On close examination of the internet image, the signature appears to be printed. There are several reasons why this conclusion can be reached. Bearing in mind that we are working on an internet image and not a good quality hi-res scan or digital photograph, I enlarged the image as best I can.

    In ink handwritten signatures there are crossovers where one stroke of the nib crosses over another, producing a thicker ink deposit at the point of intersection. No crossovers are evident in this image.

    Again, in ink handwritten signatures, there is variable ink depositing along the stroke of the nib. Usually, the outer edges of the stroke are slightly thicker than the centre. This is caused by the construction of the pen nib which is in two halves at the point of contact and by pressure applied. In this example, there is no evidence of such uneven ink distribution.

    At numerous points, there is indication of “lifting.” This occurs when the printing plate or stamp is lifted away from the surface. There remains tiny blank areas where the printing ink has not adhered to the surface. These are sometimes also referred to as “bubbles” or “pockets.” They are not always obvious to the naked eye, but are easily discernable under magnification. I have indicated where this occurs on this particular example and I would suggest that there are others which would be more evident under magnification.

    This postcard was commonly produced with a printed signature and I am confident that this particular example is one such postcard. 100% certainty can of course only be confirmed by physical examination. However, it has allegedly passed through the hands of a specialist autograph auction house and a militaria dealer who both declare it to be handwritten. I would challenge that assumption, but in no way wish to cast doubt upon the integrity of either the auction house or dealer. It is their expertise on this item that I am questioning and, as always, I am willing to alter my views if the contrary can be established. This is just my opinion and I leave it up to you to decide for yourselves. I thought by posting this example here, it might be of help to anyone who wishes to know more about autographs.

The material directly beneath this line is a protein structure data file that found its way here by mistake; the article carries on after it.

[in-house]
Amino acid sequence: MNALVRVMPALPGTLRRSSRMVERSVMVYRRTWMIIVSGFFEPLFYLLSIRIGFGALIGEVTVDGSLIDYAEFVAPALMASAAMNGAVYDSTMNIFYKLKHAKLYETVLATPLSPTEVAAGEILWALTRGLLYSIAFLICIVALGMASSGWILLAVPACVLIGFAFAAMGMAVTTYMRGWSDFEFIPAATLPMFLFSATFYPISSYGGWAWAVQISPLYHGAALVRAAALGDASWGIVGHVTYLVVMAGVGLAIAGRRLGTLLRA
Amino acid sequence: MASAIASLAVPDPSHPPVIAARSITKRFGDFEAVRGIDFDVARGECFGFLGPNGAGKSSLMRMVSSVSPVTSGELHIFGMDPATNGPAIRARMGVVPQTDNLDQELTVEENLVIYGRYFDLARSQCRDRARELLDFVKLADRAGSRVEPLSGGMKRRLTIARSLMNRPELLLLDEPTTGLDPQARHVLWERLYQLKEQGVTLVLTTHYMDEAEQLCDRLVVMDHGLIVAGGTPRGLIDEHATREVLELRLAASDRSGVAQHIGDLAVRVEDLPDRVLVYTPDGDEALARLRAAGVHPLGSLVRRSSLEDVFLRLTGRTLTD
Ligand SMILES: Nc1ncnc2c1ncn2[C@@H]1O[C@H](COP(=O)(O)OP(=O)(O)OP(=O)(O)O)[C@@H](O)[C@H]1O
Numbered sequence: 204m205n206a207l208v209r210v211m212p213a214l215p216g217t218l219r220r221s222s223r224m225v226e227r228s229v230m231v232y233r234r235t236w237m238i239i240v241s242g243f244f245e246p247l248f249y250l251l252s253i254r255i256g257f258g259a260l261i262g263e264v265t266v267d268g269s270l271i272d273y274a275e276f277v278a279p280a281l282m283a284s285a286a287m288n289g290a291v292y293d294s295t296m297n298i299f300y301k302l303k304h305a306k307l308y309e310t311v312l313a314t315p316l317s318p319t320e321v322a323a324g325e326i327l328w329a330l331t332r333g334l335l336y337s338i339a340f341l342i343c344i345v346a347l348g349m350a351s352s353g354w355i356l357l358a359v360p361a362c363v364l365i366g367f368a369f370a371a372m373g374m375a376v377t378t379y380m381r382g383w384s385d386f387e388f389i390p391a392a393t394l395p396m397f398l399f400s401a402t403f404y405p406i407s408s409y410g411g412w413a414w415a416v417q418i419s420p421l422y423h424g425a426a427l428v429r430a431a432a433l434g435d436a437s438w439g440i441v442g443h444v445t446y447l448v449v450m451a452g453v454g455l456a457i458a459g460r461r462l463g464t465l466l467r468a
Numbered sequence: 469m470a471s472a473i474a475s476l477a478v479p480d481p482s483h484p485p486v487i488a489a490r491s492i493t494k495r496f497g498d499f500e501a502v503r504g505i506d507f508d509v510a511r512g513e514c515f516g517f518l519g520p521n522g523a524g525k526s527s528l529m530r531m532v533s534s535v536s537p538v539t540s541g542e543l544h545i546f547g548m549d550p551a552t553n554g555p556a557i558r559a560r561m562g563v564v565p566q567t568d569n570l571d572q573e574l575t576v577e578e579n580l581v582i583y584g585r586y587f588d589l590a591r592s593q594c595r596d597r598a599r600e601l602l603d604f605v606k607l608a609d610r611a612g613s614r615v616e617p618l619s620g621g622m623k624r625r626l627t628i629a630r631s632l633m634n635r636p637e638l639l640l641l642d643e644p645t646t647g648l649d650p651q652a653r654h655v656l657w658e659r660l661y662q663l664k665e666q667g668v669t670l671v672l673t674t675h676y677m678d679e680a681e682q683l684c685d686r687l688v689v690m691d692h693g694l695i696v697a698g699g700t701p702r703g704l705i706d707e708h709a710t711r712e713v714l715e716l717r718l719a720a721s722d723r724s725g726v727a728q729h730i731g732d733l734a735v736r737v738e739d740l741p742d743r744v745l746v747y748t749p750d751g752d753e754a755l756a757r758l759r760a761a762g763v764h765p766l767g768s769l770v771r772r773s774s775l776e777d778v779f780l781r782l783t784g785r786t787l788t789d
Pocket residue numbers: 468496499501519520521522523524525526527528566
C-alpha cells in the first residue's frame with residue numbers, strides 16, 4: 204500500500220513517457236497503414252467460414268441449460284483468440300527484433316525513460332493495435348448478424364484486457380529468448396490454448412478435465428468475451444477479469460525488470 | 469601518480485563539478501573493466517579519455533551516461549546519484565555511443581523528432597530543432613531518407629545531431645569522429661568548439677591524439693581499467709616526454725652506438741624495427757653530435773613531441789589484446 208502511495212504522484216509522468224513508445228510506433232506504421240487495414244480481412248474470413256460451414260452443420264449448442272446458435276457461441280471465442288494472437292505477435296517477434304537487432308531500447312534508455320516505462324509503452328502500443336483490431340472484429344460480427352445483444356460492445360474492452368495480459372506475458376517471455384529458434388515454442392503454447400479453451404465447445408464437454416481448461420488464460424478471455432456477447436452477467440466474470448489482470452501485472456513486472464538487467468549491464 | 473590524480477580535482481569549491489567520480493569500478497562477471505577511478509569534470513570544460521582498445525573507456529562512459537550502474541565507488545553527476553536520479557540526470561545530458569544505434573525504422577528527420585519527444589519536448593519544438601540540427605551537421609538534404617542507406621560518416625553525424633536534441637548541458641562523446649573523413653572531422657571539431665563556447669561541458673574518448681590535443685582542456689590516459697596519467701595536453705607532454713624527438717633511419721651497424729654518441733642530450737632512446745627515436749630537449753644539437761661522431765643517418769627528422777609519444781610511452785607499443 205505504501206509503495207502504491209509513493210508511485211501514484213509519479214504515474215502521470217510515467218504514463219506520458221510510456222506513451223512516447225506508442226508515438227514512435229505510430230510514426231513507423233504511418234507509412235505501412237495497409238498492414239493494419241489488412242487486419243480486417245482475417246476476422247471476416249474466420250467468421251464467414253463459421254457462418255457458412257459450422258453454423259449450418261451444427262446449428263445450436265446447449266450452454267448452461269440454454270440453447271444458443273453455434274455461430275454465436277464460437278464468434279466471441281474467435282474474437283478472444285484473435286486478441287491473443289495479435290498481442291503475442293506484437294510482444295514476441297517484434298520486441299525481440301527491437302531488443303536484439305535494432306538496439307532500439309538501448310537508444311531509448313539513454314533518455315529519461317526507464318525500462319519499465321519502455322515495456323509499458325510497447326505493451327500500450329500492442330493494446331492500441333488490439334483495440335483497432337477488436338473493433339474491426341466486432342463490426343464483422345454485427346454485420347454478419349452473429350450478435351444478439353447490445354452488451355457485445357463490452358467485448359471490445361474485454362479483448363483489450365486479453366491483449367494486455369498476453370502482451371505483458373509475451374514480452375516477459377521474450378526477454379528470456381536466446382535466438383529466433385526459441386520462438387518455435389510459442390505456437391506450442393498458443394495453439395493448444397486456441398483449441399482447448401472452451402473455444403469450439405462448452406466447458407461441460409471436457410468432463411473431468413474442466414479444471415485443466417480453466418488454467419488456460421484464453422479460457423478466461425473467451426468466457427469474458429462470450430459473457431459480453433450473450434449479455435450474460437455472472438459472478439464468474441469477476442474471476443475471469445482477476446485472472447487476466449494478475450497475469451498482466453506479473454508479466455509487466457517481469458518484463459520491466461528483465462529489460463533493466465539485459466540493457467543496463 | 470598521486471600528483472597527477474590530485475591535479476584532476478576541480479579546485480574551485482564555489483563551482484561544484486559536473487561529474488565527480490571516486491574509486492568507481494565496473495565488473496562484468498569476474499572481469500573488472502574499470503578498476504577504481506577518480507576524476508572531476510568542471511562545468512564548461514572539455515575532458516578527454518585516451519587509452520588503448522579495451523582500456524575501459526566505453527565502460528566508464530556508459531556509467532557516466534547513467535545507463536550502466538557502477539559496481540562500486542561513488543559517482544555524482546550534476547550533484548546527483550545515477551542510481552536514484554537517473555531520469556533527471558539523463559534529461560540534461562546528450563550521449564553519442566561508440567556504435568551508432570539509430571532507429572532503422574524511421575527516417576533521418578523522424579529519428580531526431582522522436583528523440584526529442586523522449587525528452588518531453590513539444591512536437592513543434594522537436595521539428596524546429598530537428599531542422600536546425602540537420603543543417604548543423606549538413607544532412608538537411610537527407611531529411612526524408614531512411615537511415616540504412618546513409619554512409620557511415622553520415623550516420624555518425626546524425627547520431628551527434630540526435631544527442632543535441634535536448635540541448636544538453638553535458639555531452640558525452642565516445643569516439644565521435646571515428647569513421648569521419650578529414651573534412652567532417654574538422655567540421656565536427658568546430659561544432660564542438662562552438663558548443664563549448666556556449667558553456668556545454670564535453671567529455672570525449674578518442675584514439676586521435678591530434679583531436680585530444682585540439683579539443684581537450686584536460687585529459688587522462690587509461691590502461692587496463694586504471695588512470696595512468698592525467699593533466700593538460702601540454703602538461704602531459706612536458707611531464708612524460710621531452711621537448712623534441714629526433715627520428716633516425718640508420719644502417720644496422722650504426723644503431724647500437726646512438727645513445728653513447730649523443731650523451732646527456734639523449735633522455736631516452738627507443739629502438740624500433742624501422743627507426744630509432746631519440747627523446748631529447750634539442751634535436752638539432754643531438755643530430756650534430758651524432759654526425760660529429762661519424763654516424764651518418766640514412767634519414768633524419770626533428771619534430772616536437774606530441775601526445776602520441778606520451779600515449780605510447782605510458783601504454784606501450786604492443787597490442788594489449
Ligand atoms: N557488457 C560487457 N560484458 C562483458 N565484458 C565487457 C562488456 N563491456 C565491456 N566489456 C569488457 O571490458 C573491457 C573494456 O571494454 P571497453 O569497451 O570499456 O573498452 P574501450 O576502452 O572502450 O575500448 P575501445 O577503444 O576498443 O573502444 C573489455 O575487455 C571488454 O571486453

Click to enlarge the picture Click to enlarge the picture Click image for larger version. 

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  8. #57

    Default Re: Papa Eicke

    G'day Woske,

    My name is Tony and I have posted some Rochus Misch autographs I have picked up., on another thread. Now my question is, and it is silly, but if you don't ask you don't know. Is it possible for a person siganture to change over time? The example I would use is Foo0tball playes, who sign hundreds of Autographs, either at a desk of on the side lines. Obviously a quickly signed autograph on the side lines would look different to one signed, say seated at a desk. In the case of Herr Misch, he would have been signing autographs for decades, so would his early signatures differ from the ones i have of him as a 93 year old. I am just curious and I am not asking you to authenticate anything here as I am sure from the autographs I have they are fair dinkum.

    If I am asking the silliest question in the world please tell me so.

  9. #58

    Default Re: Papa Eicke

    Of course your question is not silly. A person's signature can change for several reasons. Usually, age is the most common, but personal taste is another. One might decide to alter the style of a signature just on a personal whim. It's not unknown for someone to have two different signatures. Expediency is another factor. The point you raise is valid where a person has a large number of signatures to deliver. So the simple answer is yes, it is possible for a signature to alter over time.

  10. #59

    Default Re: Papa Eicke

    Thanks for the interesting analysis. I am sure our readers would profit from a tutorial in this material with further illustrations. Such would help this site and counteract the phenomena I deplored in my earlier posts.
    damit, basta.

  11. #60

    Default Re: Papa Eicke

    Thanks for that Woske. Signatures have always frightened me to death. I have never bought one for fear of getting burned. Learning about them is very interesting.

    Cheers, Ade.